By Jane Stout, Director of CRA’s Center for Evaluating the Research Pipeline
Recently, CRA board member Kim Hazelwood (Facebook) and Natalie Enright Jerger (University of Toronto) published an article in Computer Architecture Today that analyzed gender diversity in the sub-discipline.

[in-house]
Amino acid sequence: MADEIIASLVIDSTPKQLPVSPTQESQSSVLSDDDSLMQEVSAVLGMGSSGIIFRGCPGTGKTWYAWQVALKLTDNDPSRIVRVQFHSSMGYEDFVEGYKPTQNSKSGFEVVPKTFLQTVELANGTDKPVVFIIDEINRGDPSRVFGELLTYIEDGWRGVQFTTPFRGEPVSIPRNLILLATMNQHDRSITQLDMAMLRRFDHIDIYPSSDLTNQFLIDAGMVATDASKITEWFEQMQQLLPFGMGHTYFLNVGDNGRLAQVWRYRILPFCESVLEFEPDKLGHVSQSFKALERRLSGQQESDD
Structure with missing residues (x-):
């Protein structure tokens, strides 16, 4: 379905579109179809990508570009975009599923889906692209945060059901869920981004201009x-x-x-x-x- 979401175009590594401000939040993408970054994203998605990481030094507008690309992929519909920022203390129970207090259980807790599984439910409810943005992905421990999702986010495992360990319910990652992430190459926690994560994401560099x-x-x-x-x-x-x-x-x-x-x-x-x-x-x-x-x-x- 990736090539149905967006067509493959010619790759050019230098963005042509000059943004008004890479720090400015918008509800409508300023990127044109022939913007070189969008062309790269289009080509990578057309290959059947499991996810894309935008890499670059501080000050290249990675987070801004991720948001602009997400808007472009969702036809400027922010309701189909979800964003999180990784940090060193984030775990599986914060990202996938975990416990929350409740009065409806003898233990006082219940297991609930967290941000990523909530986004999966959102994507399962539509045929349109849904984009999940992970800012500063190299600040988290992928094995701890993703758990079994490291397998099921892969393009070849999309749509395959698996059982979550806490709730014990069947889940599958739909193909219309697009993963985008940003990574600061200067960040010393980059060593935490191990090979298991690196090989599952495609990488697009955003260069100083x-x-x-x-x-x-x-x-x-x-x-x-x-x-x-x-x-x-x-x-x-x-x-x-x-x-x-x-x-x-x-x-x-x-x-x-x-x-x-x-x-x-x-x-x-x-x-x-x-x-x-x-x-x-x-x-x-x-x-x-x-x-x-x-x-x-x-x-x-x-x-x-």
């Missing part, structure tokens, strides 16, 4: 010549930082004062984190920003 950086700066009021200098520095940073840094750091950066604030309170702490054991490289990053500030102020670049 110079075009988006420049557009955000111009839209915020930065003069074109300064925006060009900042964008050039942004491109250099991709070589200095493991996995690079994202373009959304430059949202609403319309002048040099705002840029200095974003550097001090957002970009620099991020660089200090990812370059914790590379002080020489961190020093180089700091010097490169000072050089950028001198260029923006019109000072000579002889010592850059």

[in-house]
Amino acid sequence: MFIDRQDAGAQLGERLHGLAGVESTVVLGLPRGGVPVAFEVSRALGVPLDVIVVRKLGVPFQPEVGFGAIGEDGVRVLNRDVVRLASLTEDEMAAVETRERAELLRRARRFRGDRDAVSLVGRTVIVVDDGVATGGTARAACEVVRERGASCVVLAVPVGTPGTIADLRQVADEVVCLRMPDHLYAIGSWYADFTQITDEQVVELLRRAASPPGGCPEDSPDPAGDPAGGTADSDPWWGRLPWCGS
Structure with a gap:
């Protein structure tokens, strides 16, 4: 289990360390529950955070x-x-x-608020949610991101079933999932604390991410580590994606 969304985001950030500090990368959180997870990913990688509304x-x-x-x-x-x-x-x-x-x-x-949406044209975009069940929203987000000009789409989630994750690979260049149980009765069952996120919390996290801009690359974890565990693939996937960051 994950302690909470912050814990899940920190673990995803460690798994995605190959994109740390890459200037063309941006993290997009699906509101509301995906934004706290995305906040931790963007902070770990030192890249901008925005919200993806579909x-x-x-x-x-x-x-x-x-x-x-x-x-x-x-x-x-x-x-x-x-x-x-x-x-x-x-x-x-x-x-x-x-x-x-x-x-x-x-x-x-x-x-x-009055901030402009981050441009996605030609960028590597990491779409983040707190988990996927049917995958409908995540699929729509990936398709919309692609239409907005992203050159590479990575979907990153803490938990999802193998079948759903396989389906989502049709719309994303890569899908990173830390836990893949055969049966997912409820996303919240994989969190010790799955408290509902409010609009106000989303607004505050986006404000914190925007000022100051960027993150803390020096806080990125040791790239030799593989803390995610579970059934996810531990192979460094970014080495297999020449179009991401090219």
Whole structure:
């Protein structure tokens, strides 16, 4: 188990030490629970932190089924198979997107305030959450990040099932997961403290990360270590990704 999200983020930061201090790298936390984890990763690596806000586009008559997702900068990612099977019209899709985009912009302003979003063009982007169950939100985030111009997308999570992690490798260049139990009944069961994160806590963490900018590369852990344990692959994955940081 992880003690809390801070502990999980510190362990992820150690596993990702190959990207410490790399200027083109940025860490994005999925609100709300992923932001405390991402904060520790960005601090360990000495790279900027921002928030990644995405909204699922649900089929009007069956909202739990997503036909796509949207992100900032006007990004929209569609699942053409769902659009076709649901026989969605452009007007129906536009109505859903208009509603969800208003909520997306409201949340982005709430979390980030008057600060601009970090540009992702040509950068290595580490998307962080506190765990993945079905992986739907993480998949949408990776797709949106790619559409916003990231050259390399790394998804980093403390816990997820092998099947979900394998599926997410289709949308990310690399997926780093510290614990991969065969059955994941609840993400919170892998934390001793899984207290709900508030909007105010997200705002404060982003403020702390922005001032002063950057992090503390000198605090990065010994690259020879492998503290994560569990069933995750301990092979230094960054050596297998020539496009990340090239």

The authors culled several data sources that illustrate widespread, low gender diversity in the computer architecture community. The data sources span from SIG membership, to conference participation (e.g., chairs, speakers, etc.), to hall of fame awardees. One interesting trend is that women are more likely to be in technical support roles (program committee; session chair) versus traditional technical roles (author; speaker) at computing architecture conferences; this trend replicates existing social science research. The data also show women’s stark underrepresentation in influential roles, including conference steering committees, keynote speakers, and awardees/honorees. The authors suggest women’s increased participation in roles of influence may foster greater gender diversity throughout the entire community. In my opinion, other computing research sub-disciplines should generate their own report, similar to the report discussed here, in order to pinpoint and learn from sub-disciplines that have successfully fostered gender diversity.